October 18, 2012 North Myrtle Beach, SC – Long difficult hurtles had to be jumped to get to the point that the Cherry Grove Marsh dredging might actually be seeing a start date in the future. Some time in 2014 according to city officials. Things are moving now – the city met just this week with environment groups to move the permitting process along.
Finger Channel homes at high tide
Pat Dowling, city spokesman, said, “Mayor Marilyn Hatley and others met with representatives of the S.C. Environmental Law Project and the S.C. Coastal Conservation League in Georgetown on Tuesday. The City wants to involve these groups as well as the S.C. Chapter of the Sierra Club, S.C. Department of Natural Resources, the U.S. Fish and Wildlife Service, and the National Marine Fisheries Service in developing the best mitigation plan possible. The environmental groups have agreed to cooperate in providing advice and counsel along with the agencies in developing the mitigation plan.”
But along the way, the ownership of the marsh lands had to be settled. Ownership between low and high tide has been claimed in several lawsuits over the years by East Cherry Grove Realty heirs of C.D. Nixon, developer of the Cherry Grove finger channel homes. They had sued several times to prevent the City of North Myrtle Beach from obtaining a dredging permit. The heirs claimed that the property is owned by them. The SC Supreme Court ruled this April that the contested property belonged to the State and the heirs decided to not appeal. For background read ‘Surprise – State owns tidal lands.’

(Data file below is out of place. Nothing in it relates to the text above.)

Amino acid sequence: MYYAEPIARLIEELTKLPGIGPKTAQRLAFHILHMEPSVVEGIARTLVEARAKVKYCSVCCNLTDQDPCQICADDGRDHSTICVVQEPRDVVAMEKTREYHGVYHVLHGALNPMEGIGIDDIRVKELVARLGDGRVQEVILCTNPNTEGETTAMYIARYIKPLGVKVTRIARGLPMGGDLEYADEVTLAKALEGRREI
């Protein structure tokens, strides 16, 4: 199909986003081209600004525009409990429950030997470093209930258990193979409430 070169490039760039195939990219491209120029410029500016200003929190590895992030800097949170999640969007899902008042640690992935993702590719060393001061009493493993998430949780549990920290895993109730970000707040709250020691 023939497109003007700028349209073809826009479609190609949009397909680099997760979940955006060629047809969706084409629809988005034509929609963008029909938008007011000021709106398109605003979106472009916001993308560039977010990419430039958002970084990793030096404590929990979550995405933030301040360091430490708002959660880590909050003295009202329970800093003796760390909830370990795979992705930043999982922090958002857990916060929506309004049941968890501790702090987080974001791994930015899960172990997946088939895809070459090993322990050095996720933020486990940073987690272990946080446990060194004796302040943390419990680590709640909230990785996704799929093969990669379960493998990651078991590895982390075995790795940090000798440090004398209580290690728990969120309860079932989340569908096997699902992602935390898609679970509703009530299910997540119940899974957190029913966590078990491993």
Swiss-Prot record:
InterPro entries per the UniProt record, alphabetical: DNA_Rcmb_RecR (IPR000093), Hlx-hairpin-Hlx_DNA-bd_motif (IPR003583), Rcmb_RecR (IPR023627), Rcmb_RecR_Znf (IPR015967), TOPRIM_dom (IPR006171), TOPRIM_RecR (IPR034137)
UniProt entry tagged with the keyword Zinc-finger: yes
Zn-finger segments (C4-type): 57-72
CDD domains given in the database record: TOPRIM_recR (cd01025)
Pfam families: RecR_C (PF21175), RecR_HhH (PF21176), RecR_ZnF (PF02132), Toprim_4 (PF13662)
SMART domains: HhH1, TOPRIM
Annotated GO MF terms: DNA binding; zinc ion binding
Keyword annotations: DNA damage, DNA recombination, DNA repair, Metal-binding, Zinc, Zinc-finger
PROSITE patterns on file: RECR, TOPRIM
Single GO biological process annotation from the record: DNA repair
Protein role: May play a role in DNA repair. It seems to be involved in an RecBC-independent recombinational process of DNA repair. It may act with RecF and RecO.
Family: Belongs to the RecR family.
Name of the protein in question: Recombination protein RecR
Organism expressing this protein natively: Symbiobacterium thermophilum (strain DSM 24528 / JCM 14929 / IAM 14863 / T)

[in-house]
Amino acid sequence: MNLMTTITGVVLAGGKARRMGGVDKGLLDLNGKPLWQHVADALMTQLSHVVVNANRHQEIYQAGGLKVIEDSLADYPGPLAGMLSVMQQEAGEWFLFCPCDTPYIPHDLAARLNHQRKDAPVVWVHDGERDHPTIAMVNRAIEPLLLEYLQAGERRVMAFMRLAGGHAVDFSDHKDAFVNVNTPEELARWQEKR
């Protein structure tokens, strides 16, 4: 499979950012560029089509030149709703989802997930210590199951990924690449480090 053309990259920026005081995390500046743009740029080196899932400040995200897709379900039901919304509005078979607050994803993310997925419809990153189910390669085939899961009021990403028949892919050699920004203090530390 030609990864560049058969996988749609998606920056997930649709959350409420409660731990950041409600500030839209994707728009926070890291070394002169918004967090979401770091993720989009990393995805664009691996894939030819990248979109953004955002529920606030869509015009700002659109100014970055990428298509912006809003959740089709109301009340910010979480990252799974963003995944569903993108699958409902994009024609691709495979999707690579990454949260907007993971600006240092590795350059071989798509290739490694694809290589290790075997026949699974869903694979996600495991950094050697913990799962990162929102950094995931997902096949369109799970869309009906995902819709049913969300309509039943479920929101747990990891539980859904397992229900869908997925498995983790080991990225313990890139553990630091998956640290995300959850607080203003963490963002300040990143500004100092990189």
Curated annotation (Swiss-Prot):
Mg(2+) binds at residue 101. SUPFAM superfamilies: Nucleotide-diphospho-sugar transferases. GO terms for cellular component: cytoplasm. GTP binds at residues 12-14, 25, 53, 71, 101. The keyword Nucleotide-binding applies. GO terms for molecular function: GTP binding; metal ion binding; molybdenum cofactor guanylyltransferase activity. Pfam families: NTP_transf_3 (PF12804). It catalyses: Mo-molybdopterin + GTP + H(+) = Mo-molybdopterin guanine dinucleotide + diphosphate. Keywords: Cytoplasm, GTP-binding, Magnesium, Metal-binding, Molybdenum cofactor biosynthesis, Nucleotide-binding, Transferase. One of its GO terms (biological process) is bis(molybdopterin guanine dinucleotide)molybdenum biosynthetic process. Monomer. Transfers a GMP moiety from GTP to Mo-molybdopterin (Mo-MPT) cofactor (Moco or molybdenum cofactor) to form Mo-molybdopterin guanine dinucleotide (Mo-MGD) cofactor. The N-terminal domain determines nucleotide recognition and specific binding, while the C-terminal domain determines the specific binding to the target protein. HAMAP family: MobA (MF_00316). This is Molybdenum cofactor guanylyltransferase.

In June of this year, plans to pay for the dredging with a special tax assessment on the Cherry Grove property hit a snag when SC Governor Nicki Haley vetoed a necessary bill. SC laws stipulate the types of projects that can be funded by a special tax assessment and dredging was not among them. H4033 added dredging to the list. Haley vetoed it but both the SC House and Senate subsequently overrode the veto. For background read ‘Governor Haley vetoes four bills, one hits home.’
The dredged spoil material will be pumped to the Horry County-owned Spoil Basin located off Little River Neck Road on the Intracoastal Waterway. Dowling said, “None of the dredged spoil material will be deposited on the former River Wynde tract purchased by the City of North Myrtle Beach. The proposed pipeline route follows Church View Lane to Little River Neck Road. The pipe will go under Little River Neck Road and follow the City's (River Wynde) property to the Horry County Spoil Basin.”